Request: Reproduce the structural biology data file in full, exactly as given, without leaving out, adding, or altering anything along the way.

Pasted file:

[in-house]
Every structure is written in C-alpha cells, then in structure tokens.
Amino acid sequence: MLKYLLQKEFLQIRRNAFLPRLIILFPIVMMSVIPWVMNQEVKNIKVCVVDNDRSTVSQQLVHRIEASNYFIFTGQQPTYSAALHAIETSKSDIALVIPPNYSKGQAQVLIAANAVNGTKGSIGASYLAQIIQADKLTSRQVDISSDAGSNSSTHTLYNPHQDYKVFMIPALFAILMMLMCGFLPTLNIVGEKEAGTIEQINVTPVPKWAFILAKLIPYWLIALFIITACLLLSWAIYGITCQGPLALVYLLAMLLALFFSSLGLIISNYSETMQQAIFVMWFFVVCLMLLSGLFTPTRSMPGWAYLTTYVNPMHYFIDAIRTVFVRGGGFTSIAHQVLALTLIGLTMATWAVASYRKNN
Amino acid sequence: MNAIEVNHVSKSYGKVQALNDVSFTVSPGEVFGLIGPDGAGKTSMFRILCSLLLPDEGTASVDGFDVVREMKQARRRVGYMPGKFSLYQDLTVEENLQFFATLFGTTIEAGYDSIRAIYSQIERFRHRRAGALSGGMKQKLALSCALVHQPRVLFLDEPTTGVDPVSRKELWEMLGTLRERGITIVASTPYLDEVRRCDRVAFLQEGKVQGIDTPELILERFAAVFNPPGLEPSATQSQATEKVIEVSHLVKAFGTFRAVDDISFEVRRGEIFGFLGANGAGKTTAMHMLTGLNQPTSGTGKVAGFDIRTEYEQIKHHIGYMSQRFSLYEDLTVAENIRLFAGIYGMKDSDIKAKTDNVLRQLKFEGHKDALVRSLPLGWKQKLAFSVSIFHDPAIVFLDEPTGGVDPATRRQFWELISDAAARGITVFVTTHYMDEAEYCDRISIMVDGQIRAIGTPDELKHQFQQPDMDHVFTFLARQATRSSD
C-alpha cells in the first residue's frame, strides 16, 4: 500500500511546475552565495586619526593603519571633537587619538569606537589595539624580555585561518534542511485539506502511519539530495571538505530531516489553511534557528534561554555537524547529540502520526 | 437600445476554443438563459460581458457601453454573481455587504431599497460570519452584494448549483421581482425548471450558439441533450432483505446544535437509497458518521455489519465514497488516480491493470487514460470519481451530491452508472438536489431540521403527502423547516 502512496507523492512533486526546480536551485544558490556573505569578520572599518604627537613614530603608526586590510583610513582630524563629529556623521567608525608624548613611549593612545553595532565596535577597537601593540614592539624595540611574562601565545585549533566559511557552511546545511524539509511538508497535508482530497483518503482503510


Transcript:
[in-house]
Every structure is written in C-alpha cells, then in structure tokens.
Amino acid sequence: MLKYLLQKEFLQIRRNAFLPRLIILFPIVMMSVIPWVMNQEVKNIKVCVVDNDRSTVSQQLVHRIEASNYFIFTGQQPTYSAALHAIETSKSDIALVIPPNYSKGQAQVLIAANAVNGTKGSIGASYLAQIIQADKLTSRQVDISSDAGSNSSTHTLYNPHQDYKVFMIPALFAILMMLMCGFLPTLNIVGEKEAGTIEQINVTPVPKWAFILAKLIPYWLIALFIITACLLLSWAIYGITCQGPLALVYLLAMLLALFFSSLGLIISNYSETMQQAIFVMWFFVVCLMLLSGLFTPTRSMPGWAYLTTYVNPMHYFIDAIRTVFVRGGGFTSIAHQVLALTLIGLTMATWAVASYRKNN
Amino acid sequence: MNAIEVNHVSKSYGKVQALNDVSFTVSPGEVFGLIGPDGAGKTSMFRILCSLLLPDEGTASVDGFDVVREMKQARRRVGYMPGKFSLYQDLTVEENLQFFATLFGTTIEAGYDSIRAIYSQIERFRHRRAGALSGGMKQKLALSCALVHQPRVLFLDEPTTGVDPVSRKELWEMLGTLRERGITIVASTPYLDEVRRCDRVAFLQEGKVQGIDTPELILERFAAVFNPPGLEPSATQSQATEKVIEVSHLVKAFGTFRAVDDISFEVRRGEIFGFLGANGAGKTTAMHMLTGLNQPTSGTGKVAGFDIRTEYEQIKHHIGYMSQRFSLYEDLTVAENIRLFAGIYGMKDSDIKAKTDNVLRQLKFEGHKDALVRSLPLGWKQKLAFSVSIFHDPAIVFLDEPTGGVDPATRRQFWELISDAAARGITVFVTTHYMDEAEYCDRISIMVDGQIRAIGTPDELKHQFQQPDMDHVFTFLARQATRSSD
C-alpha cells in the first residue's frame, strides 16, 4: 500500500511546475552565495586619526593603519571633537587619538569606537589595539624580555585561518534542511485539506502511519539530495571538505530531516489553511534557528534561554555537524547529540502520526 | 437600445476554443438563459460581458457601453454573481455587504431599497460570519452584494448549483421581482425548471450558439441533450432483505446544535437509497458518521455489519465514497488516480491493470487514460470519481451530491452508472438536489431540521403527502423547516 502512496507523492512533486526546480536551485544558490556573505569578520572599518604627537613614530603608526586590510583610513582630524563629529556623521567608525608624548613611549593612545553595532565596535577597537601593540614592539624595540611574562601565545585549533566559511557552511546545511524539509511538508497535508482530497483518503482503510